The impact agenda still threatens research autonomy

Covid vaccine successes notwithstanding, researchers should remain wary of corporate capture, says Tahir Shah 

May 1, 2022
The shadow of a syringe
Source: iStock

The Covid-19 pandemic has underlined how private funders can collaborate with academic research institutions to deliver products, such as vaccines and testing equipment, quickly to the market.

That has been widely celebrated, prompting calls for research to become even more socially and economically impactful in future. Moreover, the UK’s second research excellence framework (REF) to include impact among its criteria will no doubt reveal how impactful research has already become when it reports its results next month.

However, amid all the euphoria, we would be wise to remind ourselves of an old warning about the influence of private sector funding on academic research

Supporters of the impact agenda – which has been adopted to a greater or lesser extent by funders around the world over the past decade – argue that it leads to purposeful research that is beneficial both to the economy and welfare of the society. It can also harness private sources of funding for collaborative projects, as researchers are pushed to work in close collaboration with private-sector and philanthropic organisations.

The requirement for research to reflect monetary and societal benefit is entirely reasonable. But it should not become a shibboleth that detracts from the main purpose of university research. For instance, there are whole branches of scientific enquiry, such as astronomy or palaeontology, which offer profound revelations but for which one cannot fathom any possible monetary benefit. We must be extremely careful that the impact agenda does not undermine their funding (their inclusion in wider “units of assessment” in the REF helps mitigate this risk, but the issue remains).

Moreover, what happens if the research stakeholders are primarily driven by a desire not so much for social welfare as for profit or for the furtherance of a particular agenda?

This is a particular peril in strategic areas, such as medicine, defence and information technology. It is well known, for instance, that the arms industry, which countries set up for their legitimate national defence and security, paradoxically needs conflicts to sustain itself. This is an example where the monetary interest of companies does not necessarily correlate with the societal interest; to see a return on a big investment in new military technology, defence firms must do what they can to stimulate demand – for which, they need conflicts. Fortunately, universities are rarely used for defence research, due to its excessive secrecy, but it does happen (in which cases, sight of REF case studies is confined to members of the judging panel).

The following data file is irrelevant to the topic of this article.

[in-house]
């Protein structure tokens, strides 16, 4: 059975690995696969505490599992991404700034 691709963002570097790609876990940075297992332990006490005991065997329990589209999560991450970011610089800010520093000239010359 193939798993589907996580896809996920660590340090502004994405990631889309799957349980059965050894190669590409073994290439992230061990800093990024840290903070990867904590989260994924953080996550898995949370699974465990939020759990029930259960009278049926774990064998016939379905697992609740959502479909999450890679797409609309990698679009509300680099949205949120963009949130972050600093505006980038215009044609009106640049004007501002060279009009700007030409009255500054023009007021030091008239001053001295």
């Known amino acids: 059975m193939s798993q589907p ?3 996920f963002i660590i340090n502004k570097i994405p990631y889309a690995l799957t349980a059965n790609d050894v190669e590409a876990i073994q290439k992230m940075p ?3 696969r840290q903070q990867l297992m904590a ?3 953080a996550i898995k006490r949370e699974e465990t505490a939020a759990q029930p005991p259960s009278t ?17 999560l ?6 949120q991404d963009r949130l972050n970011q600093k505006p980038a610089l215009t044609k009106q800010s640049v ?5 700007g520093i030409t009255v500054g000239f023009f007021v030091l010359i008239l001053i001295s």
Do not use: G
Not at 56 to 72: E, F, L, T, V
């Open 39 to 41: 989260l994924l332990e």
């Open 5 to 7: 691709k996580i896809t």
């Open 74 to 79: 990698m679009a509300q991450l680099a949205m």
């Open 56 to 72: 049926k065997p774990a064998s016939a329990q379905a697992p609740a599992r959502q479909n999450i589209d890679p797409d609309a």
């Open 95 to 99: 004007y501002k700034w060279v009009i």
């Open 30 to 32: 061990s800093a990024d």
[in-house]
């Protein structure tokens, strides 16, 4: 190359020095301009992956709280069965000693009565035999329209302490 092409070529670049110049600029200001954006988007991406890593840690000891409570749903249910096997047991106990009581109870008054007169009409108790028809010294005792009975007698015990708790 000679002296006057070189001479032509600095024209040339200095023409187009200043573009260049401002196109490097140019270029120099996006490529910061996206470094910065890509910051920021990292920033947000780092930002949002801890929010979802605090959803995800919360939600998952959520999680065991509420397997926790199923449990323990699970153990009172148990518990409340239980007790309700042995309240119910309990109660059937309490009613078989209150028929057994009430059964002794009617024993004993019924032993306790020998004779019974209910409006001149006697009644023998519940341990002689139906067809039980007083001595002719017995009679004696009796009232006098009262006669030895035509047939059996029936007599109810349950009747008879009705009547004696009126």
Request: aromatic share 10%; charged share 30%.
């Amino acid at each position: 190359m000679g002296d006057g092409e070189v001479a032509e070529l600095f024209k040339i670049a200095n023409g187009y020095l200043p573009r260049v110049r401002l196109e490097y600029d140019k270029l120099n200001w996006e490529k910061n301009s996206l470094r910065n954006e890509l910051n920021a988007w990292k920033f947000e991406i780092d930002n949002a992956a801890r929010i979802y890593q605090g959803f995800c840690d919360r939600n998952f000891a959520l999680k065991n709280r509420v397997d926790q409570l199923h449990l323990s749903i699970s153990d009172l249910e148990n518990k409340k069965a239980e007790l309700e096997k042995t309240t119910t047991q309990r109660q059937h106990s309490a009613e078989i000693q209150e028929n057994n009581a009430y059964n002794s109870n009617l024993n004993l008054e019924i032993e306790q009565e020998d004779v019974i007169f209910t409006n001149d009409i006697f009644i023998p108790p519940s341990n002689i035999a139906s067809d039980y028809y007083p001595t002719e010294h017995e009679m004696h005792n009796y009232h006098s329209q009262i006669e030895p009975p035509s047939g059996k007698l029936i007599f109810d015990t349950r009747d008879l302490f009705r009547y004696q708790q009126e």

Medical research, on the other hand, is a big source of private-sector funding for universities. And medical firms are also known to use their influence over health systems and governments to expand markets for their products. The veneer of academic respectability only aids those efforts – which, again, may not always be in the public interest. Although vaccination development efforts have been claimed to be a triumph (and certainly a lucrative one for many of the firms involved), there are many examples where products that are ineffective or downright harmful have been taken up by health systems.

The risks of corrupting research are particularly high in the case of prestigious higher education institutions, where the major business organisations invest most heavily. Those organisations do not spend big money on research areas that do not provide returns on their investments. Companies select areas that promise a financial return, wielding their influence over the experts and scientists in the prestigious academic institutions accordingly.

Moreover, the typical dominance of research by a relatively small number of firms makes distortion all the more likely. This is why the formation of networks of academic research institutions all funded by the same private organisations, especially in the strategic areas of research defined by the government, should be strongly discouraged. And any private-sector funding and involvement in research must be scrutinised vigorously to ensure that the academic institutions do not become dependent on private funders.

If public research support must be decided on the basis of economic and societal impact, then we should at least ensure that a larger weighting is given to collaboration with small and medium enterprises (SMEs), and new start-ups, rather than mega corporations and “philanthropic societies” run by business tycoons. Rigorous objective criteria must be included to assess potential conflicts of interest and negative societal impacts if a big corporation is a significant funder.

Undermining academic research autonomy will ultimately undermine the credibility of academic research and researchers. Further, when academic research becomes a business and academic researchers turn into businessmen, it is not just the university and its core wards that suffer the consequences; it can result in major harm to society at large.

However good next month’s impact case studies might look, the main driver of academic research must remain the creation of ethical knowledge and its wider dissemination for the greater good of the society – not profiteering and furthering the agendas of influential private funders. 

Tahir H. Shah is a consultant and professor of advanced materials and technical textiles at the National Textile University in Faisalabad, Pakistan, and a fellow of the UK’s Royal Society of Chemistry and Textile Institute.

Register to continue

Why register?

  • Registration is free and only takes a moment
  • Once registered, you can read 3 articles a month
  • Sign up for our newsletter
Please Login or Register to read this article.

Related articles